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remuS 10-06-2012 05:48 PM

Outside Winter Brewing
 
I'm sure there are similar threads... but its getting cold outside here and Montana. If you're like me, you have no option for shelter when doing 5+ gallon all-grain batches. Here are some lessons I learned last year.

1. Do your mash inside. The obvious being you won't lose your temperature. It may take a bit longer to heat strike/sparge water on the stove, but it beats sitting outside in 0 degree weather.
2. Keep a dry towel near by. You're bound to get a little wet, and nothing is worse then freezing cold hands.
3. Blow out your wort chiller and hoses after use. The hose is a given, but took me a few batches to figure out why my boils stopped completely after inserting wort chiller.
4. At least for me, evaporation rate increased. I had to adjust +1/2 gallon. Fuel usage will also increase.
5. Careful where you run off the water from the wort chiller. Don't want an ice rink in your driveway or sidewalk.
6. Dress warm of course.

What are your outside winter brewing tips?

inhousebrew 10-06-2012 06:58 PM

Hot scotchy! Get a bottle of your favorite scotch, do your mash, add some wort to a small mug while draining into the boil kettle, mix in alcohol, drink your first hot scotchy. I saw it on Brewing TV a while back, sounded nasty but the sweetness and warmth of the wort mixed with scotch is actually great! At least when it's hot, it's pretty foul when it cools down so warm up and drink quick.

Oh yeah, and I know all about winter time up here in MN...

craigger64 10-06-2012 07:10 PM

I LOVE brewing in cold weather! The post-boil wort chills MUCH quicker, and I kind of like bundling up and huddling over the burner to keep warm. Gotta love it!

iaefebs 10-06-2012 07:27 PM

Quote:

Originally Posted by remuS (Post 4475888)
3. Blow out your wort chiller and hoses after use. The hose is a given, but took me a few batches to figure out why my boils stopped completely after inserting wort chiller.

What are your outside winter brewing tips?

# 3 is very important, if you leave any water in your chiller and it freezes it will possibly swell up and split. Next time you use it the chiller water will have an open path to your brew. The best thing is to drain it and store it where it can't freeze.

flanneltrees804 11-06-2012 04:26 AM

I've been thinking about this sort of thing as this winter I am not only brewing outside but storing most of my equipment out in the garage where it only stays about 5* above outside temps. I'm definitely going to need to have a space inside to store things like CFC, water filter, and maybe even the grain mill and control panel. Any problem with letting grain freeze?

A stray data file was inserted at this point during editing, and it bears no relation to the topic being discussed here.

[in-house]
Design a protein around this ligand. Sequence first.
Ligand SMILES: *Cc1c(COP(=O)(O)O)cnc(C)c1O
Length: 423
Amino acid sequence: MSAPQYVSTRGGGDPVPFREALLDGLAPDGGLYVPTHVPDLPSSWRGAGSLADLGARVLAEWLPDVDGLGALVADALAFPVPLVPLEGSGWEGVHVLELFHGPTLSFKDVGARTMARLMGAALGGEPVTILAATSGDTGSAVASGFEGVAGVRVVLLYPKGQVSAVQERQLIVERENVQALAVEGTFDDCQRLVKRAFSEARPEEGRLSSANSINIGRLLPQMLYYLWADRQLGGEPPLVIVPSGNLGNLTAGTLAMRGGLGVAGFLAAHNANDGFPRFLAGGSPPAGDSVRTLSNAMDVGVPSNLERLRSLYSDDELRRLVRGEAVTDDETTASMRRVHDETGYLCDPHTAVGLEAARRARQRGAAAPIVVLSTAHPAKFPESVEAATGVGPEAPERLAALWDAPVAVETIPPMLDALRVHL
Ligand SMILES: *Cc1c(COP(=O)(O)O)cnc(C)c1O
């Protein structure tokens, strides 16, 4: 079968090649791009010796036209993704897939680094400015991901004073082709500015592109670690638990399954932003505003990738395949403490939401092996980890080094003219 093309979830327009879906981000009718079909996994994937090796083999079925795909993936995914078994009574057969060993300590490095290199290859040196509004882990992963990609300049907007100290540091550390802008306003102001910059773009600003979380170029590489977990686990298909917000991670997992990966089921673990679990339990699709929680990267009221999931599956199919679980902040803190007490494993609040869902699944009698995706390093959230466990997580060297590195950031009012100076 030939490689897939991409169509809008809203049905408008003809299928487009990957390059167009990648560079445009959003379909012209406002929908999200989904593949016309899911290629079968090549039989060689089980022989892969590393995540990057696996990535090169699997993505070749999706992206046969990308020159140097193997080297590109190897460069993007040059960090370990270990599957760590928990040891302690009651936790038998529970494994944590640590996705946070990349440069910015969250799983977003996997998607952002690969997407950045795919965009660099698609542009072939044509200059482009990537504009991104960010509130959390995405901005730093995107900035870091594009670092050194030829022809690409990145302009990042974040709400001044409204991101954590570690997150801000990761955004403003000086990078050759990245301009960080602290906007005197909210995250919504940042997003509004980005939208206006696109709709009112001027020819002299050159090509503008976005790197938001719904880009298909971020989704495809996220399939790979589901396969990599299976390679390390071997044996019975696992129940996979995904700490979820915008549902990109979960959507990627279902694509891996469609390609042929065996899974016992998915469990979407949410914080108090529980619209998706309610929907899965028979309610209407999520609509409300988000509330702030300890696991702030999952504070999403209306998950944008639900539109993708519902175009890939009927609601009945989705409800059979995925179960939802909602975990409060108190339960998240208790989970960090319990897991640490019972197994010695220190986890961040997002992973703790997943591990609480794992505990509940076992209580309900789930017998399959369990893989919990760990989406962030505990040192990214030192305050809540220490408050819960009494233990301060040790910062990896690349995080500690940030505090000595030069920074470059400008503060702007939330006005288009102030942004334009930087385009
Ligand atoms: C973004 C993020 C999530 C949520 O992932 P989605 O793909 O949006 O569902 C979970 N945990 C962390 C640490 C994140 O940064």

mikescooling 11-06-2012 04:53 AM

Take the LP tank inside to warm up the night before.

iaefebs 11-06-2012 05:20 AM

Quote:

Originally Posted by flanneltrees804 (Post 4562588)
I've been thinking about this sort of thing as this winter I am not only brewing outside but storing most of my equipment out in the garage where it only stays about 5* above outside temps. I'm definitely going to need to have a space inside to store things like CFC, water filter, and maybe even the grain mill and control panel. Any problem with letting grain freeze?

When the grain is cold you have to adjust your strike water temperature.

LeverTime 11-06-2012 01:50 PM

Quote:

Originally Posted by mikescooling (Post 4562617)
Take the LP tank inside to warm up the night before.

Is this a good idea? My tank has a big warning on it about not storing it indoors.

broadbill 11-06-2012 02:03 PM

Quote:

Originally Posted by LeverTime (Post 4563074)
Is this a good idea? My tank has a big warning on it about not storing it indoors.

yep, not a good idea to bring a large pressurized container of very flammable gas into a enclosed space.

Paulgs3 11-06-2012 03:22 PM

I'm ordering a pond pump to run through my CFC. We get decent snow so I can easily feed a bucket.

I also have some thermo blankets I want to use on the mash tun, just wrap that rascal. I do 10 gal batches so I'm not boiling 8 gals on the stove. Go large or go home, especially when its cold out there.

I'm also pondering a propane heater, since I have so many propane tanks as backups. I brew in my garage, so I'll be protected from the wind. But a little warmth never hurt.

I like the scotch idea^^


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